Former Aspen resident Chitty begins defense in cocaine case
Ryan Summerlin February 28, 2013
DENVER – When accused cocaine dealer and one-time Aspen resident Montgomery Chitty first spoke to jurors at the start of his drug conspiracy case, he promised to present “more reasonable doubt than you can shake a stick at.”
He worked to support that position Wednesday and pointed out that Drug Enforcement Administration investigators have no video or photographs of him delivering cocaine to an alleged Colorado drug network.
Chitty, who is acting as his own attorney in this case, questioned DEA Special Agent David Storm about the matter and the nearly 1,600 individual wiretap conversations the government obtained during the course of the investigation.
Storm said that there were no conversations of Chitty talking about banks or money, or numbers, or needing to change his cellphone to avoid detection. And while investigators obtained photos and surveillance videos of others linked to the alleged drug conspiracy, there are no such images of Chitty.
Storm said there were no photographs or surveillance videos of Chitty at all, even though authorities had placed cameras at homes belonging to other Aspen area members of the alleged drug gang.
“Isn’t it your job to do your due diligence to see if someone is guilty?” Chitty asked the DEA agent.
Federal prosecutors say the drug dealing began more than a decade ago when another Aspen resident, Wayne Reid, began a lucrative business by moving coke to Aspen from a California dealer. After his arrest on a marijuana charge in 2002, Reid allegedly let Chitty take over the business, prosecutors contend.
Authorities say the alleged drug ring brought to the upper valley 200 kilos of cocaine over 15 years. Six upper-valley residents were arrested in May 2011 by the DEA for their roles in the distribution of cocaine.
Reid returned to the business after his pot case finished. A confidential informant told DEA agents in March 2010 that Reid was distributing cocaine in the upper valley. Federal agents tapped phones belonging to Reid. The wiretaps exposed the alleged drug conspiracy. Reid has since pleaded guilty to possessing with the intent to distribute 5 kilos or more of cocaine and is expected to get a sentence of between four and eight years.
Reid’s California cocaine supplier, Alfonso Elvao-Allocati, has told jurors that that he and Chitty conducted regular drug transactions from 2002 to 2010. Elvao-Allocati pleaded guilty in January to charges of conspiracy to distribute and possession with intent to distribute 5 kilos or more, and could be sentenced to three-and-a-half years in prison.
On Wednesday, Chitty pointed out that while numerous physical surveillance show Reid distributing cocaine to his customers, the government has nothing of the sort on Chitty.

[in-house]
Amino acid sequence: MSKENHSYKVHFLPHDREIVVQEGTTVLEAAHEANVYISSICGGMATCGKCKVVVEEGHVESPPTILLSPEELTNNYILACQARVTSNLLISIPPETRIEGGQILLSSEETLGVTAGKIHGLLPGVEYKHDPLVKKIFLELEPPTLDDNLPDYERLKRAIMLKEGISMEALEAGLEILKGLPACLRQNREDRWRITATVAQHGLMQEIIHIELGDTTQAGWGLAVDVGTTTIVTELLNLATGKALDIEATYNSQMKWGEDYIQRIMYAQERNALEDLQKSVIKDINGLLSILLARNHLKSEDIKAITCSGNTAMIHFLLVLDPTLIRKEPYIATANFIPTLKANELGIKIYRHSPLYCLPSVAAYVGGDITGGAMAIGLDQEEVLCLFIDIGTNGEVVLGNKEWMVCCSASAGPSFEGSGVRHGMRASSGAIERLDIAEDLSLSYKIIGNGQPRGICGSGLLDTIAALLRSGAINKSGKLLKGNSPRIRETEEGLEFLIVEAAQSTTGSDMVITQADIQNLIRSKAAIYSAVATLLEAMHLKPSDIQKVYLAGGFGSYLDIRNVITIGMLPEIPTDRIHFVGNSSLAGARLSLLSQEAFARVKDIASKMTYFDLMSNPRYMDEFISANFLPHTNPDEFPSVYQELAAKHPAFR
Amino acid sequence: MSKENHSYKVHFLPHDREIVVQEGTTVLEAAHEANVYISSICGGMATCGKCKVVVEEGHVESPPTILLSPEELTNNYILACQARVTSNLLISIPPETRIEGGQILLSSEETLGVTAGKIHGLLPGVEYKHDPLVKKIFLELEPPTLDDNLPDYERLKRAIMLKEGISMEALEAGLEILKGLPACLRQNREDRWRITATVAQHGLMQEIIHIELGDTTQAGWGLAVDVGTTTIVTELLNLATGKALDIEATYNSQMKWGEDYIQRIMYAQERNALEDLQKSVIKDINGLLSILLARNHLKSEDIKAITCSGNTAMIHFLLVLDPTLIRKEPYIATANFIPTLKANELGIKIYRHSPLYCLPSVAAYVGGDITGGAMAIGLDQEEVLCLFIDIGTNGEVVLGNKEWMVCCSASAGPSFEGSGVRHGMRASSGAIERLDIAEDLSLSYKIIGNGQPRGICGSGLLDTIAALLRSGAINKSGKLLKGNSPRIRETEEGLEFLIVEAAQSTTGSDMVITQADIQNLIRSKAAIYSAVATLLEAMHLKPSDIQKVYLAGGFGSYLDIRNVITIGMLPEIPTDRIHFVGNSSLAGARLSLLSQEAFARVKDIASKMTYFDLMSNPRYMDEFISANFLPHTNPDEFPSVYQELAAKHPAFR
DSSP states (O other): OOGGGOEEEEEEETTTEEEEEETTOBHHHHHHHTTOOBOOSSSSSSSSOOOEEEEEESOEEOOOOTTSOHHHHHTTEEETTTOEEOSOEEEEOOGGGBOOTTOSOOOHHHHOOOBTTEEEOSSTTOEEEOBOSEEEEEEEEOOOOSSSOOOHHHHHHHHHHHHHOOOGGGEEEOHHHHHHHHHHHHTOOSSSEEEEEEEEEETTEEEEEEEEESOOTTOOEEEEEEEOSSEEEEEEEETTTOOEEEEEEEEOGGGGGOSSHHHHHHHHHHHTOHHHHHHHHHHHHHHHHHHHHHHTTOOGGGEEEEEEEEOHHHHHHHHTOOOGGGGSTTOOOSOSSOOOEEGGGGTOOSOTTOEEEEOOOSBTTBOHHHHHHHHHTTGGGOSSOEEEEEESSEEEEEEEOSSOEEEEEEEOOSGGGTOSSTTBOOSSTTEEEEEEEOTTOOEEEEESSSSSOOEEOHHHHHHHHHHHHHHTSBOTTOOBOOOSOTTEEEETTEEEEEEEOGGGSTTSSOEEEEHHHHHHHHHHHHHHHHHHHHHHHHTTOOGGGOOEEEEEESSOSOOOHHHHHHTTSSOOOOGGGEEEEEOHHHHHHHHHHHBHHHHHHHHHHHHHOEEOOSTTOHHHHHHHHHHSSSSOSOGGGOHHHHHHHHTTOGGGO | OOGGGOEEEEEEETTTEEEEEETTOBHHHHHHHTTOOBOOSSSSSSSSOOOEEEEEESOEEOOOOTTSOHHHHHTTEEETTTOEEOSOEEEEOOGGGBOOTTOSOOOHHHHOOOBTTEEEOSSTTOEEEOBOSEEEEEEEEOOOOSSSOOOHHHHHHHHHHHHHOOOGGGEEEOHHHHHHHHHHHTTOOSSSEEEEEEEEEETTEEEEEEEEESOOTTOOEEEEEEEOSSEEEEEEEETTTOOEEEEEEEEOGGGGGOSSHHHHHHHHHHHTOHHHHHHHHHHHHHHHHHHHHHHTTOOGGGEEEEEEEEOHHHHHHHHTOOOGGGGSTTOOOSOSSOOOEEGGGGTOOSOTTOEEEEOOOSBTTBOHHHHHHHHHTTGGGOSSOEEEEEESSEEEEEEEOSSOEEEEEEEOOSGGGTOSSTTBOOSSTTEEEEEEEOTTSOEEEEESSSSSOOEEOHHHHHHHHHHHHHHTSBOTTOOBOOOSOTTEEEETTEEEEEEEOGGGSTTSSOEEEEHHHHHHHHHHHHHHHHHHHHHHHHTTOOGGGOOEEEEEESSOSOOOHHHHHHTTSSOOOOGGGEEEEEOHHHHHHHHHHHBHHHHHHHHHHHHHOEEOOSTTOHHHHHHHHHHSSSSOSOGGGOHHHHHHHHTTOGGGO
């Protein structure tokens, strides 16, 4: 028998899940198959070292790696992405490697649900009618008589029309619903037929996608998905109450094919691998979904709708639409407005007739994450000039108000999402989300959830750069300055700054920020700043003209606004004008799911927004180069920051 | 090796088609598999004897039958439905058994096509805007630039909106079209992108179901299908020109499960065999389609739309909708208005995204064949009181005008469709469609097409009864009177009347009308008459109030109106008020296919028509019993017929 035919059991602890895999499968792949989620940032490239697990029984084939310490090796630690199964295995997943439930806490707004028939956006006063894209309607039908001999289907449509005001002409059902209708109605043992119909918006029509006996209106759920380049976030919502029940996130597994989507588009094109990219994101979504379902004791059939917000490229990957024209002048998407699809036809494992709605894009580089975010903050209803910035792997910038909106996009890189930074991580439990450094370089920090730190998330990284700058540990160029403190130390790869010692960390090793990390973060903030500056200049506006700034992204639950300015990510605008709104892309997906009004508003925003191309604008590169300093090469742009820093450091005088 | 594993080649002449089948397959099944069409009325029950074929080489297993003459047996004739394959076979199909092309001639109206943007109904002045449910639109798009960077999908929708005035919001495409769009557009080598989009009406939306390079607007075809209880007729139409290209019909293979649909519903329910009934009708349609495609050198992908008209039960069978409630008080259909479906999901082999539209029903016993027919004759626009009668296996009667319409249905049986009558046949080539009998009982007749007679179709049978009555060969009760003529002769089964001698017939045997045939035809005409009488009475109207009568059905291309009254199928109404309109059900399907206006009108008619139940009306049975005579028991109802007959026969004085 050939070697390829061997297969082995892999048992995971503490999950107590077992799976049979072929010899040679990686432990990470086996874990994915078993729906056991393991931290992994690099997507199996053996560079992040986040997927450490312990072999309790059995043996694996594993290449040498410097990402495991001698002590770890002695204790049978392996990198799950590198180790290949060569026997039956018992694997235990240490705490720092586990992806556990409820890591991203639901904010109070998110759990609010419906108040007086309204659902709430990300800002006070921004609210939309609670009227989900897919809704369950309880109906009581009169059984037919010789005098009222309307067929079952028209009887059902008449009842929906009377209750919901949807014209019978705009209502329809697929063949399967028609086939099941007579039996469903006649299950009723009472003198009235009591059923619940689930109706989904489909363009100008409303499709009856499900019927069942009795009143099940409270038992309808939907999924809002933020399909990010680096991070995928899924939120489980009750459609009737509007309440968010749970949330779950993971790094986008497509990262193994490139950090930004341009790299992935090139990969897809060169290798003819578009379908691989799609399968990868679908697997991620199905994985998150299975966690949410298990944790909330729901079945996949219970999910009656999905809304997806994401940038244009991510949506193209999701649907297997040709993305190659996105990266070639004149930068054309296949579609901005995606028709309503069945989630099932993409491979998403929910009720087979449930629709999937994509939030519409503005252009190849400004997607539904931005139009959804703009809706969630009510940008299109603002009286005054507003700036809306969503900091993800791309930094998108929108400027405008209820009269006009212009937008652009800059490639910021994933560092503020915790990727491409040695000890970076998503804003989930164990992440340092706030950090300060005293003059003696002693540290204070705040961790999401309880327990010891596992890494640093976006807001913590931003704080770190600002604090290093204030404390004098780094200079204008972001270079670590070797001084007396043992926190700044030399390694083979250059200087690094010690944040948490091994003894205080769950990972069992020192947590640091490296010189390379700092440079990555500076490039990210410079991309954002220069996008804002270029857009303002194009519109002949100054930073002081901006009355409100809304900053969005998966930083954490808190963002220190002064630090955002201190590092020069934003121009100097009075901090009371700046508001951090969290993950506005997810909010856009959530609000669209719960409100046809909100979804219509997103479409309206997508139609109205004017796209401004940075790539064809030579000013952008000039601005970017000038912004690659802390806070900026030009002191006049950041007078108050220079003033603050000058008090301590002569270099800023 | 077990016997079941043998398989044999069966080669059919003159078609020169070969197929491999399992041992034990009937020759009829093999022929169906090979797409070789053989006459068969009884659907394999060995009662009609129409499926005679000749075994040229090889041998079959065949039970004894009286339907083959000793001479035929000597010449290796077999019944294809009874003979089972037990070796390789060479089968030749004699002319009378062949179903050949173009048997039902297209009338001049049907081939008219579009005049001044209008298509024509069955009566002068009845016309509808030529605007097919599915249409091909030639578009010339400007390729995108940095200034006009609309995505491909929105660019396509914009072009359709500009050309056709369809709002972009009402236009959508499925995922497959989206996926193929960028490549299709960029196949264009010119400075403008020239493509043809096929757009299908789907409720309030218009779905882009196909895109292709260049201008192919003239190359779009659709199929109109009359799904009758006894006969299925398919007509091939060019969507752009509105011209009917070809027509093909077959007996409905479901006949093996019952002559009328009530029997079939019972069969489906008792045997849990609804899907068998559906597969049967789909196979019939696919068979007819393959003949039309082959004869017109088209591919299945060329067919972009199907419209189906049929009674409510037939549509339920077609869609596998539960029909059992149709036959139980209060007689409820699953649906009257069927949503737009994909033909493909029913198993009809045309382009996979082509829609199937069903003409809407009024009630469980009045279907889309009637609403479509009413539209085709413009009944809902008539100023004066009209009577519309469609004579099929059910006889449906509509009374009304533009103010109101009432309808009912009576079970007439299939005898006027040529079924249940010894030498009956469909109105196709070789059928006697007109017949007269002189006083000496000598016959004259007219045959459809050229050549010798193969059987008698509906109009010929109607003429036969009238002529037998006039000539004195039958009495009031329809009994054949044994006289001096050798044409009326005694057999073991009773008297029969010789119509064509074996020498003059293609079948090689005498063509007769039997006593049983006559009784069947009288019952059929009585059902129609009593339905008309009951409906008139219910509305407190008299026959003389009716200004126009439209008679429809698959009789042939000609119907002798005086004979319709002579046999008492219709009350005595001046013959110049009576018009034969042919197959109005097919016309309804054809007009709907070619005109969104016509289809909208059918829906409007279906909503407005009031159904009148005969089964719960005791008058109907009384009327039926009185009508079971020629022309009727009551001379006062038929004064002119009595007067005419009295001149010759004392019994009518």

While questioning Special Agent Storm, Chitty said authorities found $114,000 on Reid when he was arrested. Investigators found $45,000 at Elvao-Allocati home in California. By contrast, investigators found little more than an old boat and an aging pick-up truck when they arrested Chitty nine months later at his home in Big Pine Key, Fla.
Storm said he could not identify one asset of Chitty’s that was bought by drug proceeds.
“Has your investigation turned up any bank accounts of over than $2,000, or assets of stocks and bonds or real estate or airplanes owned by Chitty?” the defendant asked.
“No. We have not found those,” Storm admitted.
Prosecutors countered the testimony, stating that the DEA never had a wiretap on Chitty’s phone. Prosecutors added that Reid and several other alleged co-conspirators were arrested in May 2011. But Chitty was not arrested until nine months later.
Chitty also called two long-time friends and Aspen residents to verify that he (Chitty) lived a very modest life during his time in the Roaring Fork Valley.
Don Steuber, who has been in the Aspen area for 38 years, said Chitty wrote columns for The Aspen Times and served as a researcher for famed writer Hunter S. Thompson and “60 Minutes” correspondent Ed Bradley. He also said Chitty had maintained close friendships with three Pitkin County sheriffs over a 30-year period.
Steuber laughed when asked if Chitty was a wealthy individual, adding that Chitty lived simply and was so hard up that he asked friends to bring food and wine to his annual Fourth of July party.
When asked point blank if Chitty had ever taken part in a cocaine drug ring, Steuber gave a firm “no.”
Another long-time friend of Chitty’s, Philip Eastley, echoed Steuber’s position.
“I’d describe his lifestyle as “very thrifty and bare to the bone,” Eastley said.
The defense is expected to present additional witnesses Thursday.
If convicted on all counts, Chatty could receive a sentence of 20 years in prison.